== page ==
Tag archives: developing world
By Matin Durrani
We’re now in the final quarter of the International Year of Light (IYL 2015), which officially launched in January at the headquarters of the UN Educational, Scientific and Cultural Organization (UNESCO) in Paris. You may remember that on the very same day Physics World unveiled its own contribution to the IYL in the form of a free-to-read digital edition containing 10 of our very best feature articles on the science and applications of light.
Today we’re pleased to publish a new version of that digital edition, which contains the same 10 top articles but now includes a series of great videos and a podcast on the theme of light that we’ve been busy creating over the last few months. The refreshed digital edition also has interviews with some of the people involved in the IYL, in which they highlight some of the successes of the year so far and examine the legacy the IYL will leave behind. Click here to find out more.
By James Dacey
“In the beginning there was light – the Big Bang,” said Steve Chu, talking on Monday at the UNESCO headquarters in Paris during the opening ceremony of the International Year of Light and Light-based Technologies (IYL 2015). Chu – a Nobel-prize winner and former US energy secretary – was among a smorgasbord of speakers at the two-day event, which brought together scientists, artists, politicians and many others with a particular interest in light and its applications.
Being a journalist, I was at the event with my own light-based technology, the humble SLR camera. I was recording a series of interviews with people at the event, including Chu, to get their thoughts on what the year of light means to them. As I’ve mentioned in a previous article, the fact that “light” is such an all-encompassing theme can also make it difficult to get a handle on what IYL 2015 is all about. I hope that the resulting video – to be published on physicsworld.com next week – will bring clarity to some of the initiatives and projects in the spotlight this year.
By Matin Durrani in Paris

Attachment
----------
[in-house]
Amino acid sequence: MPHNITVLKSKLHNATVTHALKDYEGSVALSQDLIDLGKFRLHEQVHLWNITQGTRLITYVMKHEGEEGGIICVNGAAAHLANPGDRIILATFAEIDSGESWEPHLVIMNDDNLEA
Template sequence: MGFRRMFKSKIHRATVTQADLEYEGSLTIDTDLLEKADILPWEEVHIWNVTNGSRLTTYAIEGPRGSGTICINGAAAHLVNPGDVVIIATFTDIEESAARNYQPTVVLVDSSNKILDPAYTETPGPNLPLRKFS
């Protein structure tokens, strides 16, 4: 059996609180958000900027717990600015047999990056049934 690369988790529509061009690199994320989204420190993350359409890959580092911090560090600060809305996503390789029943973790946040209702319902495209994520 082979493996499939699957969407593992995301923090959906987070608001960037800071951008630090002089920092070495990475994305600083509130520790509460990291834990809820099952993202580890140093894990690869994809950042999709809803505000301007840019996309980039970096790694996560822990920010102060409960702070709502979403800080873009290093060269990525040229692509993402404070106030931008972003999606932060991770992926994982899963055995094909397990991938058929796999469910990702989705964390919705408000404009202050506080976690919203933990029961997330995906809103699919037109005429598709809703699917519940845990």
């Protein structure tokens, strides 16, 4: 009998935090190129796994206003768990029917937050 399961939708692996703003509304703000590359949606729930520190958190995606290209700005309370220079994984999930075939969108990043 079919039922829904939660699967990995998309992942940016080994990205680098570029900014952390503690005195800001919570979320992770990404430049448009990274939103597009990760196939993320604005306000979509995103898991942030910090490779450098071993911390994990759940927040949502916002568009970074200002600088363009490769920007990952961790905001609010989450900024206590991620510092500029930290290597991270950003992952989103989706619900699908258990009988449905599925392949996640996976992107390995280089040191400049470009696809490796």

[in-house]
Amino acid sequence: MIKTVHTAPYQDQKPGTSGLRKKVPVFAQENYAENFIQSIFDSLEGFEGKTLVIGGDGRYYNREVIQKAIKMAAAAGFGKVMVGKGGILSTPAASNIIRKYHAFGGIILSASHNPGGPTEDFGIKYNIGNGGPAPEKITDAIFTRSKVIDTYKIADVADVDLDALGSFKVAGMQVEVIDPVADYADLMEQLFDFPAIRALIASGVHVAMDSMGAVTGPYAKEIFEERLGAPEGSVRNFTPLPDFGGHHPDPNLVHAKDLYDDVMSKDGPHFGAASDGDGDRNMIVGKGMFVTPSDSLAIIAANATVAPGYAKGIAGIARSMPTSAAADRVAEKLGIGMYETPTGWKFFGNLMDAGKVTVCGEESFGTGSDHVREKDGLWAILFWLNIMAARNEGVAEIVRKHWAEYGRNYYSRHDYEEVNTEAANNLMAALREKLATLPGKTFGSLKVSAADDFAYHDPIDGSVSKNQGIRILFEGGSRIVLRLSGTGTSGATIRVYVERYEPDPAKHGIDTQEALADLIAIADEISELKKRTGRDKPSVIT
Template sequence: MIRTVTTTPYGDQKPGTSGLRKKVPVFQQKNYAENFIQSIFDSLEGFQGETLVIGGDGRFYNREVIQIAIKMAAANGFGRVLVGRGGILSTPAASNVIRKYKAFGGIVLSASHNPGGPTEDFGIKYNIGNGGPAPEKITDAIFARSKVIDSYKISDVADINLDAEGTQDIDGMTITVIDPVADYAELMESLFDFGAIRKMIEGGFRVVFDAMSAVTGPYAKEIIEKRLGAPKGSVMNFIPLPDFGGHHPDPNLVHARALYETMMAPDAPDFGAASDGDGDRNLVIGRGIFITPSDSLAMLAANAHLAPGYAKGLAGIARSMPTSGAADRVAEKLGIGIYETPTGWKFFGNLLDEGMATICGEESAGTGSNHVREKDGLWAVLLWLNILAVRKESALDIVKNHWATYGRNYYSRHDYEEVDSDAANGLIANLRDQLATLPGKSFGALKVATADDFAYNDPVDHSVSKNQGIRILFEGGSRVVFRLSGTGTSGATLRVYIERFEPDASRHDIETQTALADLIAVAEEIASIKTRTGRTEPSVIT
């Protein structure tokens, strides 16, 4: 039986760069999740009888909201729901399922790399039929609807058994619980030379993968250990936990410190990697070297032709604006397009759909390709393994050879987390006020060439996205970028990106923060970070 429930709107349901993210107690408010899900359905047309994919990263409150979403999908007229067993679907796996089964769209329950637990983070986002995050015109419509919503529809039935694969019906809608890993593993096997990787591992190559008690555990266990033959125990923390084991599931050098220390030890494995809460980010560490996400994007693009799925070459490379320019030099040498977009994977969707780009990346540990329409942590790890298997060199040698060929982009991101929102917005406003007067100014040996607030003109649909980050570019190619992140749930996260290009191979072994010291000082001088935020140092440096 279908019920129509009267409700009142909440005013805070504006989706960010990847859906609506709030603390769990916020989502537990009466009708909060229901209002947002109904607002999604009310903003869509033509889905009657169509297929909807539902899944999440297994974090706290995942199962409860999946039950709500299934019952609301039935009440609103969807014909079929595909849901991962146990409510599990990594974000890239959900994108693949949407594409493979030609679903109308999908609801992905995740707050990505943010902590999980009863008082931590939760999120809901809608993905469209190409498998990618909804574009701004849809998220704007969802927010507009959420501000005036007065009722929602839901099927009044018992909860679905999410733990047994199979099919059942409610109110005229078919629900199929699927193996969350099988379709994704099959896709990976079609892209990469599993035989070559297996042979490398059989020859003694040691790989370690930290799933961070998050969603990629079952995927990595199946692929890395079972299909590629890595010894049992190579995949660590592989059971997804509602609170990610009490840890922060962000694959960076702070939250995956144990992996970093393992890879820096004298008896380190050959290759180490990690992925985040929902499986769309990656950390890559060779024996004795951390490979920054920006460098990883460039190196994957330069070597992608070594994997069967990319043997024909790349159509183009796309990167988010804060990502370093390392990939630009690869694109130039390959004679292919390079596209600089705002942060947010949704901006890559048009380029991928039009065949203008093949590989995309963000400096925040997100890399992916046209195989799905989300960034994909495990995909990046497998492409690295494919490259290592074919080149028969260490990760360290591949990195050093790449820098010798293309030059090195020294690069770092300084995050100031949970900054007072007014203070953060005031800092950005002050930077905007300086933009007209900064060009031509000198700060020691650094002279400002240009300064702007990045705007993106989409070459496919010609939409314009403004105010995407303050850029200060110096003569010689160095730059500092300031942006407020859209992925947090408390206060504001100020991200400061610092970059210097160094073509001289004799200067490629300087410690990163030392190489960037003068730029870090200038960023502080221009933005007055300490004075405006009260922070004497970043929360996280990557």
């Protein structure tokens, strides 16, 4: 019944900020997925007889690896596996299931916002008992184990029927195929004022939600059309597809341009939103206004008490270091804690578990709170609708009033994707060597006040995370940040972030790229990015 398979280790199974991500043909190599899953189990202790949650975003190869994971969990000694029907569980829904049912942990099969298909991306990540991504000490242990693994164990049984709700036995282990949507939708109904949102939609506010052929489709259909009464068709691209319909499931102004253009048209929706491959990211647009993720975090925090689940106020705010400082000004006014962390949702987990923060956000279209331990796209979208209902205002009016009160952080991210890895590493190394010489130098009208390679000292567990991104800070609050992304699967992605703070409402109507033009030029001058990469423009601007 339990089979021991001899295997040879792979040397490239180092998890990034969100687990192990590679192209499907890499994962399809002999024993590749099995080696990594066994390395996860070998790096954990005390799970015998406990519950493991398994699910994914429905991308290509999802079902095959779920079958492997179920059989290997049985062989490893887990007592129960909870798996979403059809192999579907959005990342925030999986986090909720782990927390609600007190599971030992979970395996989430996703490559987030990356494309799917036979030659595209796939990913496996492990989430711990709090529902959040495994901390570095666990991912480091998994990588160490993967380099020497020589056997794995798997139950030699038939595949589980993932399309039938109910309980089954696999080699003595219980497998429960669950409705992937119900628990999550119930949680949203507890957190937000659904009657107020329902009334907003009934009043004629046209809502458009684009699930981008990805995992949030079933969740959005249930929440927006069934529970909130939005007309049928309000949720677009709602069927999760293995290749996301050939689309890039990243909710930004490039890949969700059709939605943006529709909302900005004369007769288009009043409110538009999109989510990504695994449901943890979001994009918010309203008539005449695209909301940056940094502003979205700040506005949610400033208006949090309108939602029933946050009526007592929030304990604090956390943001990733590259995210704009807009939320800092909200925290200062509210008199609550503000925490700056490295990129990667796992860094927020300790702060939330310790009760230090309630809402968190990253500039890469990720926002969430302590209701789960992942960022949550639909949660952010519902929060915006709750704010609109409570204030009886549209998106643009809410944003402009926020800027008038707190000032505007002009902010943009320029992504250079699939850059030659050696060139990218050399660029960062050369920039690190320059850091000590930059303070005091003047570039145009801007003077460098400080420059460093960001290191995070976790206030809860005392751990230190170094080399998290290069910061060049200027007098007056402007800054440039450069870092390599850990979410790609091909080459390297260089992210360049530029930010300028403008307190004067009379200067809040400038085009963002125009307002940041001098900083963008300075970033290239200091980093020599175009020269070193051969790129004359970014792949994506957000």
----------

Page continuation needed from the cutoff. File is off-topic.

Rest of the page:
It was a grey and dank morning yesterday in the French capital, with even the top of the Eiffel Tower shrouded in clouds – perhaps not the most auspicious weather for the official opening ceremony of the International Year of Light and Light-based Technologies (IYL 2015) here at the headquarters of the UN Educational, Scientific and Cultural Organization (UNESCO).
Inside the conference hall, however, all was brightly lit. The stage was bathed in beams of light in all the colours of the rainbow as the 1500 or so delegates first watched an official IYL 2015 video and then listened as a series of dignitaries voiced their backing for the initiative.
These included a message of support from UN director-general Ban Ki-moon read out by an official and a video recording from Irina Bokova, UNESCO director-general. There were also speakers from Ghana, Mexico, New Zealand, Russia and Saudi Arabia – the five nations that took a key role in getting IYL 2015 approved by the UN in late 2013.
By Matin Durrani
I’ve now returned to the UK from my visit to the International Centre for Theoretical Physics (ICTP) in Trieste, which has been celebrating the 50th anniversary of its founding. As part of those celebrations, the ICTP has created a special half-hour video documentary (above), which shows how scientists in various parts of the globe have not only furthered their own careers through visits to the ICTP, but have also used that experience to improve science back in their home countries
The video, which I watched in Trieste, features scientists from everywhere from Nepal to Cuba, from Ethiopa to Peru, and from Cameroon to China – and, of course, Pakistan itself where the ICTP’s founder Abdus Salam was from. Entitled From Theory to Reality: ICTP at 50, it was made by Italian film-maker Nicole Leghissa, who spent two months travelling around the world to the locations seen in the film.
Matin Durrani in Trieste, Italy
It’s now my third day here at the International Centre for Theoretical Physics (ICTP) in Trieste, which is celebrating its 50th anniversary in grand style. Two days ago we had a marvellous seven-course dinner at Duino Castle, including a hugely spectacular fruit-laden golden-jubilee cake, while yesterday there was a possibly even more sumptuous eight-course dinner hosted by the city that has been home to the centre for half a century.
But pervading all the events has been Abdus Salam, the Pakistani Nobel-prize-winning theoretical physicist who set up the centre in 1964. We know pretty much what Salam did from a scientific point of view, which was celebrated in his 1979 Nobel prize for unifying the weak and electromagnetic forces, but what exactly was he like as a person?
By Matin Durrani in Trieste, Italy
When the Pakistani physicist Abdus Salam founded the International Centre for Theoretical Physics (ICTP) here in Trieste in 1964, I am sure he would have never quite dared to believe that it would go on to be such a success in helping to further the careers of some of the brightest minds from the developing world. Salam’s dream was for the ICTP to be a focal point for talented theorists from countries seeking to build up their research strengths, bringing such people into contact with leading physicists from front-ranking nations to carry out top-quality collaborative projects.
Now, 50 years after it began, the ICTP is hosting a golden-jubilee conference, where it is quite rightly celebrating all that it has achieved – and looking ahead to the future too.